A meal is an event; eating is a process. Activities such as watching TV or socializing both trigger eating and distract us from the process of it. The problem is that we can only consciously process one event at a time. True, it doesn’t seem that way as we manage to breathe, engage in a three-way conversation over dinner, skillfully manipulate food, and tap our feet under the table, all at the same time! As the mind rapidly shifts attention from one activity to another, we experience the illusion of parallel engagement in several activities at a time. Despite this mental agility, we are still disappointingly one-track. In a sense, the mind works like a flashlight: when you point a flashlight at an object in a dark room, that object emerges from the darkness, as if coming into existence. But when you move the flash-light away, the object – as far as your perception goes – ceases to exist. If you can’t see it, it doesn’t exist; if it doesn’t exist, you can’t experience it. When we eat and watch TV or talk, our minds are in a constant tug-of-war between the incoming stimuli competing for a chance at existence. In this ping-pong of attention, the mind loses conscious experience and eating is reduced to a mindless hand-to-mouth behavior which we carry out with the unconsciousness of breathing, inhaling food by the mouthful.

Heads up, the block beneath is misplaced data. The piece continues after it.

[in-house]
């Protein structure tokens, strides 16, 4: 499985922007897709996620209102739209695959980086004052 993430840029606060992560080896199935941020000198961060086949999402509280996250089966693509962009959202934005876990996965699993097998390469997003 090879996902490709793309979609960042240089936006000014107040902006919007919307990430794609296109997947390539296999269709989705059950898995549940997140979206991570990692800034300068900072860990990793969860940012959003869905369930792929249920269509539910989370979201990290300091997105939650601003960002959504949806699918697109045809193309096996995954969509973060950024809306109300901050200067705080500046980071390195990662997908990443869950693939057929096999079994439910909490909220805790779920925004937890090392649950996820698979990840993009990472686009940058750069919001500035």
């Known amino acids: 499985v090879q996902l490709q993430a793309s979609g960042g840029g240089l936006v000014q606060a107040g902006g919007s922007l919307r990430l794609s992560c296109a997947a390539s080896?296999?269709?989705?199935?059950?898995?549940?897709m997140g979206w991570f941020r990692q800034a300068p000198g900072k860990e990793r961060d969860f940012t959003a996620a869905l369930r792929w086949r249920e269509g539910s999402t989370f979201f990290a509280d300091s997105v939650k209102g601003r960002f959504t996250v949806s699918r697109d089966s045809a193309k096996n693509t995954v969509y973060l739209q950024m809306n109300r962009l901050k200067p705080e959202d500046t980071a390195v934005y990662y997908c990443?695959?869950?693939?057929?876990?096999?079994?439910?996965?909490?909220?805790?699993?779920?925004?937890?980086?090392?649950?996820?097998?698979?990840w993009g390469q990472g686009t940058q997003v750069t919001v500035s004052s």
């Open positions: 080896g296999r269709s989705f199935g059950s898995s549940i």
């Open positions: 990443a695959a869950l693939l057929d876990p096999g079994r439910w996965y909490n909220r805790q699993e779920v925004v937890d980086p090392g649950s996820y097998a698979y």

So, what’s the solution? It’s offensively simple: when you eat, eat. Mindful eating is attention management. Problem is that just eating seems boring. In some ways it is and in some ways it isn’t. If you just eat, mindlessly, eating is, indeed, boring. But if you just eat, mindfully, eating is anything but boring. So, here’s the formula. First, turn the TV off. Then, turn your mind on. Chances are that you will unlock the gustatory excitement where you didn’t expect any. Consider mindful eating a kind of field practice in preparation for surviving the national binge-eating season that is about to kick off with the Thanksgiving dinner.